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Talk Business-Hendrix College Poll: Support For Abortion Limits, Medicaid Expansion

Popular support seen for the two controversial topics.
The latest Talk Business-Hendrix College survey of Arkansas voters tested a battery of questions related to abortion, Medicaid, guns, a steel mill superproject and Arkansas political figures.

During the next several days, Talk Business and Hendrix College will be releasing various questions from this poll of 675 Arkansas voters. The survey was conducted statewide and has a margin of error of +/- 3.8%.

“We’re right around the midway point of the legislative session and we wanted to test some of the issues being hotly debated as well as get a gauge for what Arkansans think of their current political leadership,” said Talk Business executive editor Roby Brock. “These results we’ll be rolling out provide some fascinating insight into voter attitudes. I suspect elected officials will find the results useful in making some of their political and policy decisions.”

ABORTION & MEDICAID
Today, we explore the subjects of abortion and Medicaid, which show popular support for the two controversial topics.

On Thursday (Feb. 21), the Arkansas House of Representatives is expected to consider SB 134, the “Heartbeat Protection Act,” sponsored by Sen. Jason Rapert (R-Conway). The pro-life measure would require a woman seeking an abortion to undergo an abdominal ultrasound and if a heartbeat was detected an abortion would be prohibited with certain exceptions.

Survey respondents were asked:

Q: The General Assembly is also considering an array of bills related to abortion. One such measure would require a test to detect a fetal heartbeat before an abortion is performed. If one is detected, a woman could not have an abortion, except in cases of rape, incest, medical emergency, and if a mother’s life is in danger. Do you favor or oppose such legislation?

60%  Favor
33%  Oppose
7%    Don’t Know


Our second question for release today examines the major budget and public policy question of potentially expanding the state’s Medicaid program. The U.S. Supreme Court decision last June on the federal health care law gave states the option of whether or not to expand Medicaid. Arkansas lawmakers have indicated positions from embracing full expansion to opposing it to finding some flexibility for a partial expansion.

Survey respondents were asked:

Q: In the current legislative session, the General Assembly is considering an expansion of Medicaid to cover medical expenses for individuals living just above the poverty level. The expansion would be fully funded for several years by the federal government with the state incurring up to 10% of the cost later.  Arkansas has the choice whether or not to expand its Medicaid program to include an additional 250,000 Arkansas residents. Should Arkansas expand or not expand Medicaid?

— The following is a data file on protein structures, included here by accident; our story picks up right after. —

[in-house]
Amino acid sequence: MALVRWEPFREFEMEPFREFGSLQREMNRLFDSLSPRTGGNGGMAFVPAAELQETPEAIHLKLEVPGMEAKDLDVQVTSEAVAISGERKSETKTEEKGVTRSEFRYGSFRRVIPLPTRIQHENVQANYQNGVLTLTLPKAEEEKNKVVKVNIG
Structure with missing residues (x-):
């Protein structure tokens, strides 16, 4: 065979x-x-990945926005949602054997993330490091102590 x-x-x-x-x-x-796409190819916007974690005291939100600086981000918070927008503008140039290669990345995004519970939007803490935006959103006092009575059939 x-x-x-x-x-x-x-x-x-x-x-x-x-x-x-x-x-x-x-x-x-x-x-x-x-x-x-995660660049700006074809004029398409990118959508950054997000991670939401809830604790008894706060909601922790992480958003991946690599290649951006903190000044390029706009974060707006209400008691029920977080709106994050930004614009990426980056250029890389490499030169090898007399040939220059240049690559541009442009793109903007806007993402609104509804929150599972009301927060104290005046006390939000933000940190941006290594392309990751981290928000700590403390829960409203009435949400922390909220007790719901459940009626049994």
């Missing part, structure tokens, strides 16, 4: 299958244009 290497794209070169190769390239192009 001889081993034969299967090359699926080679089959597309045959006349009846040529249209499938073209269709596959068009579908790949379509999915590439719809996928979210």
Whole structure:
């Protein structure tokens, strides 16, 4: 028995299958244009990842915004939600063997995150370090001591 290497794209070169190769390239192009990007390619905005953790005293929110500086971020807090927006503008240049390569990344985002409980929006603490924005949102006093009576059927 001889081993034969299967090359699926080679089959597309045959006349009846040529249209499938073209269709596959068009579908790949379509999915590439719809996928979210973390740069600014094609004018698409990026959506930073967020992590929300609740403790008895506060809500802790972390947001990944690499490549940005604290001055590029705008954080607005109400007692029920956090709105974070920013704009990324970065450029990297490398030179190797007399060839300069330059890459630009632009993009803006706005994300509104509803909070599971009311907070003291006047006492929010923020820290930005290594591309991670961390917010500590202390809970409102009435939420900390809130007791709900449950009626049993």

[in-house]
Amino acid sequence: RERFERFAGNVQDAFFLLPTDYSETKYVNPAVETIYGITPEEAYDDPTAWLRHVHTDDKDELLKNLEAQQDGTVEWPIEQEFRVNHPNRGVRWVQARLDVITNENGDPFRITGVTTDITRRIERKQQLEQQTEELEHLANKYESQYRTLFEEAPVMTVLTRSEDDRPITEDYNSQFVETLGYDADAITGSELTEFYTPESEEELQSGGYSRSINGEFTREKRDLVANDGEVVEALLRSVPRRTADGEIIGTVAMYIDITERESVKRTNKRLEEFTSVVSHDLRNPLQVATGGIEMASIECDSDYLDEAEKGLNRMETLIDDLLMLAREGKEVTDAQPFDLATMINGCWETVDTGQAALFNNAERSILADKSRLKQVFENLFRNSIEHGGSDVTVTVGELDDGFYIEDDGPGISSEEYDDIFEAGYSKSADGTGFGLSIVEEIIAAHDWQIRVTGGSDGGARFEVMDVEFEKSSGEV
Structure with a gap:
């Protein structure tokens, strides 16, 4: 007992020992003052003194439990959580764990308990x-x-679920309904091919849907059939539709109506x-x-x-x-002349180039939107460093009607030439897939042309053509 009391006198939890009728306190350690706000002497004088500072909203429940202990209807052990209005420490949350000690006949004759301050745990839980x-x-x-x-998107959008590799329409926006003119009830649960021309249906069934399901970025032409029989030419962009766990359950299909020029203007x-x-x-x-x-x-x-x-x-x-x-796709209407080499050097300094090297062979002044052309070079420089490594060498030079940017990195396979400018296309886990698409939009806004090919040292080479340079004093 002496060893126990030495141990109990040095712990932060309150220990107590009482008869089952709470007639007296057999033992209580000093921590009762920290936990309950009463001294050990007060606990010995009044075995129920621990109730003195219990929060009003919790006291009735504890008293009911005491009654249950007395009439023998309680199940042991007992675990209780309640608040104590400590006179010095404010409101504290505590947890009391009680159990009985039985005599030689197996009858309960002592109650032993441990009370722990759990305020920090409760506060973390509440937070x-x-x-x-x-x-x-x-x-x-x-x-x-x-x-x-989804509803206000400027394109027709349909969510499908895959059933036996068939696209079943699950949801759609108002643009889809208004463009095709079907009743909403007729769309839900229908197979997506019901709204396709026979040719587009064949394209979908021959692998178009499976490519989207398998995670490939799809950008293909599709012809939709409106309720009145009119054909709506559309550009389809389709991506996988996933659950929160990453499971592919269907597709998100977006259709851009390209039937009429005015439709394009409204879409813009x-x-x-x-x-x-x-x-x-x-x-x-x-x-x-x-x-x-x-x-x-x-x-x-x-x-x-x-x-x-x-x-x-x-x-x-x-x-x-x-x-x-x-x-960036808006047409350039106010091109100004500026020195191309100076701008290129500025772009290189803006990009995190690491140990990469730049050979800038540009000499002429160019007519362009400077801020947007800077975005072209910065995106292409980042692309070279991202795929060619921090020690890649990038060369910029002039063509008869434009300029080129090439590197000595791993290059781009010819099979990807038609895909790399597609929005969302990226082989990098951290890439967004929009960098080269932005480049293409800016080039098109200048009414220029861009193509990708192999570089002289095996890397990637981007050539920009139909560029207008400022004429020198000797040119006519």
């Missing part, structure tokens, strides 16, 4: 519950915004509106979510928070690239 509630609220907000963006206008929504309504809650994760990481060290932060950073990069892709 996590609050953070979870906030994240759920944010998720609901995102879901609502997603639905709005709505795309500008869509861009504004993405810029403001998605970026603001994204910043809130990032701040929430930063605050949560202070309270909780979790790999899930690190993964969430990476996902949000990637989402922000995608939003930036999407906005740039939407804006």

53.5%  Expand
40%     Not Expand
7.5%    Don’t Know

ANALYSIS

Dr. Jay Barth, professor of political science at Hendrix College, helped craft and analyze the latest poll. He offered this analysis of the poll results:

Abortion: Of the various abortion limitations that have been considered by the legislature, the most restrictive is that by Sen. Jason Rapert. The so-called “heartbeat bill” has been amended, but would still make illegal most abortions after the first trimester of pregnancy.

Still, 60% of Arkansas voters support the measure showing the decided pro-life tilt of the Arkansas electorate.

Support for limiting abortion access in the state is shown across all age and demographic groups. Slightly larger percentages of male voters support the measure, but 58% of women do as well. However, a plurality of Democrats oppose the measure (50% opposition), while all other partisan groups support it.

Medicaid: By all accounts, the big issue of the 2013 legislative session is whether Arkansas will expand Medicaid to cover Arkansans up to 138% of the poverty level.

Governor Beebe, most Democrats, and some more moderate Republicans have all staked out support for expansion while more conservative Republicans have voiced concerns about the step.

Our survey indicates that the majority (53.5%) of Arkansans support the expansion while 40% oppose it. This represents change in the pro-expansion direction since the last time we polled the issue just after the Supreme Court’s ruling on the Affordable Care Act last summer. Then, a plurality of Arkansans (46.5%) opposed expansion while 42.5% supported it.

The expected partisan splits show themselves on the issue. While 82% of Arkansas Democrats support expansion of the program, Republicans oppose it by a 57%-41% margin.

Independents are more evenly divided with 45% supporting and 49% opposing expansion. With the exception of those aged 30 to 44, all age and racial groups favor expansion but a decided gender gap emerges on the issue with men evenly split on the topic while women favor expansion by a 57%-35% margin.

POLL METHODOLOGY
This survey was conducted by Talk Business Research and Hendrix College on Wednesday, February 20, 2013. The poll, which has a margin of error of +/-3.8%, was completed using IVR survey technology among 675 Arkansas frequent voters statewide.

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